MW: Yeah, totally. I mean, the fact that they were jumping over and licking me on the face or things like that were real in all the fact that we did have to kind of treat them… you know, they were unpredictable, and that was nice; it was good to be in that situation. Hyenas shouldn’t be domesticated; that’s not what they’re here for, and it was nice that they weren’t, and they weren’t tamed or anything like that. They were kind of wild.
DW: Were you kind of nervous about working with them, knowing they were wild and not trained?
MW: Yeah, I guess so. I mean, I put all of my trust in Kevin, who was kind of their [handler]. And I just completely listened to everything he said. He knew what he was talking about. I mean, it was nerve-racking, but it was fine. I knew that he had it under control, and if I did what he said, nothing could go too wrong.
DW: This film is about two people who get stranded in the middle of the South African desert. If, hypothetically, you got stranded in the middle of the South African desert, who would you want to have as your companion? Who would be that person next to you?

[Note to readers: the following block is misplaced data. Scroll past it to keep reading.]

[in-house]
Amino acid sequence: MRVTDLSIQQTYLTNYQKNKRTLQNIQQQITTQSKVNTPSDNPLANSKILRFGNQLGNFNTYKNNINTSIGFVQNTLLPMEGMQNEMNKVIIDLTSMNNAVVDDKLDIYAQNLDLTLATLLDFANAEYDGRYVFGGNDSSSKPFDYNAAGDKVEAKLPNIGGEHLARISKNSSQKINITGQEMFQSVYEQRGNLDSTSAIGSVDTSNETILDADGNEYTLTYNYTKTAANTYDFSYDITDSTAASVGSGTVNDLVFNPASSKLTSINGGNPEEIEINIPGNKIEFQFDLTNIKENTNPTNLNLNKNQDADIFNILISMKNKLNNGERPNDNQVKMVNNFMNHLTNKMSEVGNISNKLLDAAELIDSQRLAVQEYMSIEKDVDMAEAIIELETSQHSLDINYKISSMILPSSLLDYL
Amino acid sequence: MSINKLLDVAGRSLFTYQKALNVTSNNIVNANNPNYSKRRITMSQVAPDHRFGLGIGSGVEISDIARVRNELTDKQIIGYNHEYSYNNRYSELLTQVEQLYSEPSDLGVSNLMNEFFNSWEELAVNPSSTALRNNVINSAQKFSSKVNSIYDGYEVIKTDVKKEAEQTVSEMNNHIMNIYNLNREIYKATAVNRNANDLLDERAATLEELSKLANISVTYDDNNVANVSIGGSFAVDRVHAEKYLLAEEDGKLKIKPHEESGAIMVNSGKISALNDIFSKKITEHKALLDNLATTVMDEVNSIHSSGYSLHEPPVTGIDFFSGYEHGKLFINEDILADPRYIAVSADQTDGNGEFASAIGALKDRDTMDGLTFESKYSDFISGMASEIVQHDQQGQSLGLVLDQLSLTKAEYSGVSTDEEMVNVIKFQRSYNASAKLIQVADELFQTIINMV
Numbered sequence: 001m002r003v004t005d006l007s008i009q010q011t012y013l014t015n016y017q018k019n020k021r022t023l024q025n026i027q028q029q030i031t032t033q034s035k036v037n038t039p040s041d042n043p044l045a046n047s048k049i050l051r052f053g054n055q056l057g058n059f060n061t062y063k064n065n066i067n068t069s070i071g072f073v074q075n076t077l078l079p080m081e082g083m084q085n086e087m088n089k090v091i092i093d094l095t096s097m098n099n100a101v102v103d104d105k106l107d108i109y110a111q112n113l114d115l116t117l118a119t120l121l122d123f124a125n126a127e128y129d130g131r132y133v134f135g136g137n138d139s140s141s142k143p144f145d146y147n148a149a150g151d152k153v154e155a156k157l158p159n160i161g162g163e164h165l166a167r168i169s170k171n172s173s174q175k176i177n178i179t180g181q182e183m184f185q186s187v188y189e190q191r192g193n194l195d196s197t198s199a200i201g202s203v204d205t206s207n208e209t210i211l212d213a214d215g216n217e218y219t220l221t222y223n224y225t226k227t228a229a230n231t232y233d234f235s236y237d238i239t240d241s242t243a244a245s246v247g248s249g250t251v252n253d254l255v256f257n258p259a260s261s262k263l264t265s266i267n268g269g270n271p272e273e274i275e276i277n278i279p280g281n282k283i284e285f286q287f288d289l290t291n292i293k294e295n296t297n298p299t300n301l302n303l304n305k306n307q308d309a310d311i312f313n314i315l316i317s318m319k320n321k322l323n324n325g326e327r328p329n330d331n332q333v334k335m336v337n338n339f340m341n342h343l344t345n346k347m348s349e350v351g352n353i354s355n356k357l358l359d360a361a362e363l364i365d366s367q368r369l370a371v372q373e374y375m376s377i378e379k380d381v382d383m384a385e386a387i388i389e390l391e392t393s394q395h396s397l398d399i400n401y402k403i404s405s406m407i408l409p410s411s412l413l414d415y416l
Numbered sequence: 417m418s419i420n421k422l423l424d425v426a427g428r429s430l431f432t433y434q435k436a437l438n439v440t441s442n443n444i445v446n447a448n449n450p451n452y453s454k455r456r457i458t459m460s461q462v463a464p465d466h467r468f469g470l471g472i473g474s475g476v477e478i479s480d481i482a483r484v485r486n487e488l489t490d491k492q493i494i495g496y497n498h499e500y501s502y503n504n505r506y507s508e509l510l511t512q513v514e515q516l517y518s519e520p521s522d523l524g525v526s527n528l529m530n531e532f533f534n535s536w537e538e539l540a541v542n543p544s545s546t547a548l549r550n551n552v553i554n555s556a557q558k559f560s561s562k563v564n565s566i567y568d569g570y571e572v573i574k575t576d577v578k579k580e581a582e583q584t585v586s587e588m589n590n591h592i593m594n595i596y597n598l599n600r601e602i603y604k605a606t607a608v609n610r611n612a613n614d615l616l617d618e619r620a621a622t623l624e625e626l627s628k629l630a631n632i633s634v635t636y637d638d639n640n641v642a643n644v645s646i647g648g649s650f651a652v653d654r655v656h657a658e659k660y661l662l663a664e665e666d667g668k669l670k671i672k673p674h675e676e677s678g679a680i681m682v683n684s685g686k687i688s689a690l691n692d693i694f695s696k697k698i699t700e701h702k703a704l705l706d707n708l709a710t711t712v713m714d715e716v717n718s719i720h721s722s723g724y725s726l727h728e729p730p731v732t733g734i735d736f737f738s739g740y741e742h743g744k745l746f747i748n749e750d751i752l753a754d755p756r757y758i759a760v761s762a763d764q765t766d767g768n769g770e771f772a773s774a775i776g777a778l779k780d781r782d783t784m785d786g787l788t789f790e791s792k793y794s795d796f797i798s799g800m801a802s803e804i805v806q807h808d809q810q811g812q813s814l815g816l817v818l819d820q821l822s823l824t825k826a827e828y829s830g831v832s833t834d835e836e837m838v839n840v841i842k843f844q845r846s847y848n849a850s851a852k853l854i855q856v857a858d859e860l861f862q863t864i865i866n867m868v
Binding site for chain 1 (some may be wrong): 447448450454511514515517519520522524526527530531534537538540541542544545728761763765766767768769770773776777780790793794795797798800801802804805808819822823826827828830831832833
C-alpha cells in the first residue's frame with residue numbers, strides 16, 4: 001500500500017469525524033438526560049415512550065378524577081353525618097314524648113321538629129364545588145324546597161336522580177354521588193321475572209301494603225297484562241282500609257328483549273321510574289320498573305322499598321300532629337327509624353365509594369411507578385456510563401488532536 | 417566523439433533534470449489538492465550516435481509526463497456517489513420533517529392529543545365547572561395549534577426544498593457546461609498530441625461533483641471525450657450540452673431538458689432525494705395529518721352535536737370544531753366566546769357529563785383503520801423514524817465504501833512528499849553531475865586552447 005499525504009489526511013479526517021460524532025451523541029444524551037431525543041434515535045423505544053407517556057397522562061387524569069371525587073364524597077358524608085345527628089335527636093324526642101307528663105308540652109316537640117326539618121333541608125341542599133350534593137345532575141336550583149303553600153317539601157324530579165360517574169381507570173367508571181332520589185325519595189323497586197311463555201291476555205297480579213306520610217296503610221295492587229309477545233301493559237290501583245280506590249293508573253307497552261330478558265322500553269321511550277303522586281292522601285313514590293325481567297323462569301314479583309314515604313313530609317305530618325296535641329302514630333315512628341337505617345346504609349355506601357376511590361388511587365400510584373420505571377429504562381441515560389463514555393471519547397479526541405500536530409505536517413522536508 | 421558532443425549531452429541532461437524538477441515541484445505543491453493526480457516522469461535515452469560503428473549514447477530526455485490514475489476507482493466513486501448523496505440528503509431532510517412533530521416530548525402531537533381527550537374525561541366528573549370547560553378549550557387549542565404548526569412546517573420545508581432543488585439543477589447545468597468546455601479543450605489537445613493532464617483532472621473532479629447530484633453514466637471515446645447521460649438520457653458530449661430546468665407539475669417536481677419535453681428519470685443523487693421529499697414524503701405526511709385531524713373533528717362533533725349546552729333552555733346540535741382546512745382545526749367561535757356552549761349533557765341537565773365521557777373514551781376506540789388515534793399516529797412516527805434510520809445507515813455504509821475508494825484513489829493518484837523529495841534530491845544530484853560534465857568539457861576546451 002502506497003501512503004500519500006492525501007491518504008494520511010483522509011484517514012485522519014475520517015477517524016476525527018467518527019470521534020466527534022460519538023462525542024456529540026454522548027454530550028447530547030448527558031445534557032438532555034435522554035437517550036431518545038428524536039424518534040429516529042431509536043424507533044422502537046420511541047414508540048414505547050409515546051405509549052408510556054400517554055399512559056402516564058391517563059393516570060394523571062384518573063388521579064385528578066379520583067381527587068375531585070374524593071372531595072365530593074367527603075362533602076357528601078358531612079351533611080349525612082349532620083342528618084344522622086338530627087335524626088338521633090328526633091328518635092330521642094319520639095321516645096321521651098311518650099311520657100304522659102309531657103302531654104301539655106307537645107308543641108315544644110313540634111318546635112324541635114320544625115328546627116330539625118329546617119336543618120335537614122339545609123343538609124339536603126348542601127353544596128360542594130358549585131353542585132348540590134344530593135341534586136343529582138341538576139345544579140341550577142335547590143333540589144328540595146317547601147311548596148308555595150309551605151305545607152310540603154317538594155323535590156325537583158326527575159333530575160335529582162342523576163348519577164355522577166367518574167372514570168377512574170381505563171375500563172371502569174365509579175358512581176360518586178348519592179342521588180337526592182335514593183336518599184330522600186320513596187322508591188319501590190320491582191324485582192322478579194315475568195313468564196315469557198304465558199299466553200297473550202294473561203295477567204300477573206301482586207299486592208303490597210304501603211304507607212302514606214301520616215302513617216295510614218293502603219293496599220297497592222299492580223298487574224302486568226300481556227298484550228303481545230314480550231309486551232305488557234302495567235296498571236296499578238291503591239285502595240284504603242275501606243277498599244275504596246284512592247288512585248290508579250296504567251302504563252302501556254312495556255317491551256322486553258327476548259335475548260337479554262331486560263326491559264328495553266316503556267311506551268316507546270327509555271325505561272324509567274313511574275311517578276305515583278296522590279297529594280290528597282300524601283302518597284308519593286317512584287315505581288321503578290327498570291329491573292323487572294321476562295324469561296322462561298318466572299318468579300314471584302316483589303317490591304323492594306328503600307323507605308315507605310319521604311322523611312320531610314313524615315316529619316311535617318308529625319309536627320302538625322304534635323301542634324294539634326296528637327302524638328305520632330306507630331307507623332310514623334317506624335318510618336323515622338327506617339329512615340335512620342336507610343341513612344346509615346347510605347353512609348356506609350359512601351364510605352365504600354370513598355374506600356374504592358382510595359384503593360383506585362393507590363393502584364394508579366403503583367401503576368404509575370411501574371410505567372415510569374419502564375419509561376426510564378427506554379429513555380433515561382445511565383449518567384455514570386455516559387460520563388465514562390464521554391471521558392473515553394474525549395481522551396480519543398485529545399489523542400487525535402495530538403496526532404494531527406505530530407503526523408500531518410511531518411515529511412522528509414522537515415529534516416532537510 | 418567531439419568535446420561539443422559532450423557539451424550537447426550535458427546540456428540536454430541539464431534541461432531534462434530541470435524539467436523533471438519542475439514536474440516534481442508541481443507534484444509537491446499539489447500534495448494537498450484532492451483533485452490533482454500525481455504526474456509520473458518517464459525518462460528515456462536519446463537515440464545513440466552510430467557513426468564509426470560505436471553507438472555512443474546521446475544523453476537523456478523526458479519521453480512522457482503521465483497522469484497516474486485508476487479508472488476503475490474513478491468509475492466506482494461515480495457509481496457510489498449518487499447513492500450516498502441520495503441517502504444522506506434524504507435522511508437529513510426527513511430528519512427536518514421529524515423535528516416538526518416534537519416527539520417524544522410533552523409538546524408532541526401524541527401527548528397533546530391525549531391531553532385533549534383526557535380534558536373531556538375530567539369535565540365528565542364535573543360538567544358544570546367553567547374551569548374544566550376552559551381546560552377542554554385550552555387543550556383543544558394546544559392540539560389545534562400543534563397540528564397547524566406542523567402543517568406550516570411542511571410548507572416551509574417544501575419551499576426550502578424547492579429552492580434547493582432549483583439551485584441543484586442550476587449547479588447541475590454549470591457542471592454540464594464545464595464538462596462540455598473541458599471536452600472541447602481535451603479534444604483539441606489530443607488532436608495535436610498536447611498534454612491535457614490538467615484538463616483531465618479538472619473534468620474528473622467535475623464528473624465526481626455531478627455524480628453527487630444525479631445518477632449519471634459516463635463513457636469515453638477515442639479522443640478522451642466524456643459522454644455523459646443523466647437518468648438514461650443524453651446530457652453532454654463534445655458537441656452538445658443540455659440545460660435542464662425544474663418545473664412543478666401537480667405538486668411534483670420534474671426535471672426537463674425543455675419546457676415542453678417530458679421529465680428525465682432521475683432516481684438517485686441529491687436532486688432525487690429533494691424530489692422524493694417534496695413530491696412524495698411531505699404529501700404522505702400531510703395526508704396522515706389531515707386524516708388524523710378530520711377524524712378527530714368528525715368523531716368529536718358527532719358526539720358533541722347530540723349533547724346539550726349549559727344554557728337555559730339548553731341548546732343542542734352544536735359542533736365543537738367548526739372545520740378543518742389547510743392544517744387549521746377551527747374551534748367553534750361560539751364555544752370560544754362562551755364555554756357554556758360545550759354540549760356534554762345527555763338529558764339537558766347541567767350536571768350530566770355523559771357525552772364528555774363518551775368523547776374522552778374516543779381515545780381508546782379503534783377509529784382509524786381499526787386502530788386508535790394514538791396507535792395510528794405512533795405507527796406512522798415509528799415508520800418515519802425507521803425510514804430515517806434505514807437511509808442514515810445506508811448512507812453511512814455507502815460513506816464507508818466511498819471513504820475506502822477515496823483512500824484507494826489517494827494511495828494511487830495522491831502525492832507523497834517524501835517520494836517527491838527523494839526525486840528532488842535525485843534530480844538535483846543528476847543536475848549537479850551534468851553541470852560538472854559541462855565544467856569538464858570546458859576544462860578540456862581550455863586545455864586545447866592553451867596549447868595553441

MW: Oh, the Hound. I love Rory [McCann]. [laughs]
We’ve had such a great time so far that he’d come out into the desert if he could. [laughs]
DW: Your big break came in “Game of Thrones,” which is based on a series of books. “Heatstroke” is based on the novel, “Leave No Trace.” If you could take your favorite novel and have it adapted into either a feature film or television series, what would be that novel?
MW: Oh, goodness. I feel like every great novel that I would love to have turned into a movie kind of already has. [laughs]
I have no idea. I don’t know; I’m sorry. I’ve been put upon the spot. Usually, I don’t have an answer for everything like that. Sorry. [laughs]
DW: That’s OK. I mean, I don’t want to give you a lot of questions you’ve already been asked before. If I do put you on the spot, I apologize.
MW: That’s OK.